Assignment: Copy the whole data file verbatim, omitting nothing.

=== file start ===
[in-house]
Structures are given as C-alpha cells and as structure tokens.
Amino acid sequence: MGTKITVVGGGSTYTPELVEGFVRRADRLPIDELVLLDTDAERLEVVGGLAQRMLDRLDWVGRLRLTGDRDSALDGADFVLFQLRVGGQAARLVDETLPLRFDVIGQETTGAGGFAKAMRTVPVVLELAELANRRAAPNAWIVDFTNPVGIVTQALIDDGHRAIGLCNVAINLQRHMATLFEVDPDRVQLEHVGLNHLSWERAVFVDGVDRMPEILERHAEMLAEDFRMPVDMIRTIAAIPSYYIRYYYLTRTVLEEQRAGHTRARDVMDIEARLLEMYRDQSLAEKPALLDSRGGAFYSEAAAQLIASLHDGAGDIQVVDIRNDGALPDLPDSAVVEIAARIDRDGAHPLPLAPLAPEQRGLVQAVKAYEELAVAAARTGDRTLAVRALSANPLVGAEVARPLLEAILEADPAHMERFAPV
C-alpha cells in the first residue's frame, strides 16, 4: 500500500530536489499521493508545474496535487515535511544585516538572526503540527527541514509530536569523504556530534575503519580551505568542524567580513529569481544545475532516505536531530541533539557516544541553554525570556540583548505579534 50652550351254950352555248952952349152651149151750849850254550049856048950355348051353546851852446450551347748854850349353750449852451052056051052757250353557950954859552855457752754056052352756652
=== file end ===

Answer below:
[in-house]
Structures are given as C-alpha cells and as structure tokens.
Amino acid sequence: MGTKITVVGGGSTYTPELVEGFVRRADRLPIDELVLLDTDAERLEVVGGLAQRMLDRLDWVGRLRLTGDRDSALDGADFVLFQLRVGGQAARLVDETLPLRFDVIGQETTGAGGFAKAMRTVPVVLELAELANRRAAPNAWIVDFTNPVGIVTQALIDDGHRAIGLCNVAINLQRHMATLFEVDPDRVQLEHVGLNHLSWERAVFVDGVDRMPEILERHAEMLAEDFRMPVDMIRTIAAIPSYYIRYYYLTRTVLEEQRAGHTRARDVMDIEARLLEMYRDQSLAEKPALLDSRGGAFYSEAAAQLIASLHDGAGDIQVVDIRNDGALPDLPDSAVVEIAARIDRDGAHPLPLAPLAPEQRGLVQAVKAYEELAVAAARTGDRTLAVRALSANPLVGAEVARPLLEAILEADPAHMERFAPV
C-alpha cells in the first residue's frame, strides 16, 4: 500500500530536489499521493508545474496535487515535511544585516538572526503540527527541514509530536569523504556530534575503519580551505568542524567580513529569481544545475532516505536531530541533539557516544541553554525570556540583548505579534 50652550351254950352555248952952349152651149151750849850254550049856048950355348051353546851852446450551347748854850349353750449852451052056051052757250353557950954859552855457752754056052352756652